Village champions: the key to combatting global health challenges.
Misuse of antibiotics is a worldwide problem in human medicine, animal health and agriculture. A recent article in the Lancet focuses on the use of top shelf antibiotics in food animals in Asia and the increasing problem of antibiotic resistance in humans. This could have a devastating effect on global health if we do not seek multi-faceted approaches.
As with many other global health challenges, the problem must not be left with the researchers, innovators, health professionals and regulators. A groundswell of village “champions” must be encouraged to step up and lead the charge, as a deliberate and considered aim in any project addressing sustainable development health goals.
In many parts of the world antibiotics are given to production animals to promote growth. This is particularly concerning for developing countries, where demand for meat products is expanding quickly and food safety regulations that specify withholding periods before slaughter and that limit specific antibiotic use in food animals are minimal.
In the agricultural setting, the problem is one of knowledge gaps and a lack of will to regulate the sale of antibiotics by companies that are invested heavily in the livestock market. And it is true to say that this is mostly a problem of large scale production and corporate regulation, requiring a solid top down approach. Certainly, international pressure is mounting on governments involved – particularly those that export to Europe and North America.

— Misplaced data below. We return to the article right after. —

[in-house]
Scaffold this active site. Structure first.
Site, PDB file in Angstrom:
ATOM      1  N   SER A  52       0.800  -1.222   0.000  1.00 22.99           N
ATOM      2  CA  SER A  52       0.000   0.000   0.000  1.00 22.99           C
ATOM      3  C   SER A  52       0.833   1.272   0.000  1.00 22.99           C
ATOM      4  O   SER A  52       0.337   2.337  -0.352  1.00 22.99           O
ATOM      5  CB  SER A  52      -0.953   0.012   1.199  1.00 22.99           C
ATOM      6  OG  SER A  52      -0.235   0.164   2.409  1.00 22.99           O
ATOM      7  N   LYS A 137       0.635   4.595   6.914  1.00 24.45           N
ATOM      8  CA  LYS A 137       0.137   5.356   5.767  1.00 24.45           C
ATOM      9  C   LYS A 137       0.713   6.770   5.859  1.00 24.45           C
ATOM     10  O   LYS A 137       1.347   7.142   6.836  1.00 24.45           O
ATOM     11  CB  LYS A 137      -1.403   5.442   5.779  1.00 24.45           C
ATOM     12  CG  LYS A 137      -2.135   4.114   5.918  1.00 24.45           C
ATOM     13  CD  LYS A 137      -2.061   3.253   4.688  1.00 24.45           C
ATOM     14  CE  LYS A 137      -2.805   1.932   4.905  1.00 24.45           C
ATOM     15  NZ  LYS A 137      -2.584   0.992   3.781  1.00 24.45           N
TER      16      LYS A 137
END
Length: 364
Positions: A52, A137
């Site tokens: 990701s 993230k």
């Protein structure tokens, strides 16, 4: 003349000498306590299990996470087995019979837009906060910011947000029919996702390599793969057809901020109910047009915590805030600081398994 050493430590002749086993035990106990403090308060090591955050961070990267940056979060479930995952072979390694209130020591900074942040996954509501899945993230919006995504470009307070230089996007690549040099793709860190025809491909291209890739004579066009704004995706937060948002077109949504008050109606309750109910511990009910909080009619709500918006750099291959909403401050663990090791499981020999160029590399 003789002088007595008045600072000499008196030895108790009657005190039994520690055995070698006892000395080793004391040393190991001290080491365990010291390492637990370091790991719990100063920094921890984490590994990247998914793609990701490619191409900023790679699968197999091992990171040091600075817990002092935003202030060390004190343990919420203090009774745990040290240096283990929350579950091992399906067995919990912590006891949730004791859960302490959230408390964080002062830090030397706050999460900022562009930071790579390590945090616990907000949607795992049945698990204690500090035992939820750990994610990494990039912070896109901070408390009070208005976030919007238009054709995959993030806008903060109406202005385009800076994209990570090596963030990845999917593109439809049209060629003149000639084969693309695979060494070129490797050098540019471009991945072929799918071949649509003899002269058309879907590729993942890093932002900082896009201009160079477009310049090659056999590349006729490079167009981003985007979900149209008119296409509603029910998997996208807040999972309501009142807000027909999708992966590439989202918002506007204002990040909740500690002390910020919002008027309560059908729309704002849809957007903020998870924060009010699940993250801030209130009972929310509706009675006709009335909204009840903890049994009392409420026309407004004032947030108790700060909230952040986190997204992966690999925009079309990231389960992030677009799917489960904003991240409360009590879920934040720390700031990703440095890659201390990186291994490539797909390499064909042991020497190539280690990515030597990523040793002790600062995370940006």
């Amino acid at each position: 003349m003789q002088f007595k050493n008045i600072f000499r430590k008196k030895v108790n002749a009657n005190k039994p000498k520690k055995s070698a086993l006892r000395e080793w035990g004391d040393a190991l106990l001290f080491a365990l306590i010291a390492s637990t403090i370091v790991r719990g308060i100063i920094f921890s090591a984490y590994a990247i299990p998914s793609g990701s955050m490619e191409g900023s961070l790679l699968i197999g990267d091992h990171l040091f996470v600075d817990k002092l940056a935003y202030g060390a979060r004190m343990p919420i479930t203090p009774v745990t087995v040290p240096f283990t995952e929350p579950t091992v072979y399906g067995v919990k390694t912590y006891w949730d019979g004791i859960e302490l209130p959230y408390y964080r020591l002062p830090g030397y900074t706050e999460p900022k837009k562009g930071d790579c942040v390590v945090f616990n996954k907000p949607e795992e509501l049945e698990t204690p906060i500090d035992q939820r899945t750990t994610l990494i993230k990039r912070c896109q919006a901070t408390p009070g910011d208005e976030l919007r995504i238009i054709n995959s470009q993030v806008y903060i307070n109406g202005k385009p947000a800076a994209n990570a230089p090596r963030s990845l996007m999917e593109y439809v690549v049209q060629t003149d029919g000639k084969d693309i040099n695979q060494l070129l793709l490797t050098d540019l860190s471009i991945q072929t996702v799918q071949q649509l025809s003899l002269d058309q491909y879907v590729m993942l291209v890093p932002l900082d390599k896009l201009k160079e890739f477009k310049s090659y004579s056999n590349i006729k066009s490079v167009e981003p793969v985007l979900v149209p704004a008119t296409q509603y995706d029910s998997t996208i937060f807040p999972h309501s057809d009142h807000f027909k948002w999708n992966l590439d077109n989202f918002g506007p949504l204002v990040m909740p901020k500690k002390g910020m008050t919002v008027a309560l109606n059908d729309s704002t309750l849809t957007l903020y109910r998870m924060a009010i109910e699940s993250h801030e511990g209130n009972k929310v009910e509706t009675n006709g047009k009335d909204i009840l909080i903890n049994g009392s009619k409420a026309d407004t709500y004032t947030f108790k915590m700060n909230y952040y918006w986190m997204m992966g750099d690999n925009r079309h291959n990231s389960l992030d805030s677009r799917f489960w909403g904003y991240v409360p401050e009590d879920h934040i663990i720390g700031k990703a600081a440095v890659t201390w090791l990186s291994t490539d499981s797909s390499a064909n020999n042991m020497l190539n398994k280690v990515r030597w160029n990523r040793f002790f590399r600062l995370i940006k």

However, the problem highlights an important concept for the development sector working in small scale agriculture and community health programs as well. Bottom up approaches, with core complementary animal and human health messages are critical to addressing global health threats going forward. Such approaches involve locally appropriate and engaging knowledge exchanges on nutrition, hygiene and biosecurity, as well as the judicious use of preventative and curative drugs as the foundation for disease prevention and better health/production supporting improved livelihoods.
It is important, for example, that stakeholders are given knowledge about the appropriate use of the broader range of treatments available to them in the unregulated market in which they operate. It is not uncommon to see a company responsible for providing an appropriate vaccine for a specific a disease control program, also opportunistically plugging inappropriate use of the company’s range of antibiotics to farmers. Persons responsible for the delivery of such programs must make the argument against inappropriate use of antibiotics and indeed other treatments, not just from an animal health perspective, but from a human health and economic perspective. Everyone must be on the same page.
Local village “champions” must be the target of this messaging, so that they can be informed consumers. They will create the real impact in everyday life, beyond the course of development interventions. These people will not always be the naturally obvious leaders within the community. They are males and females, of all ages, representing a variety of educational levels, roles and vocations in the community. If the argument for judicious use of antibiotics makes sense to them according to their own resources, health and livelihood, they will lead change.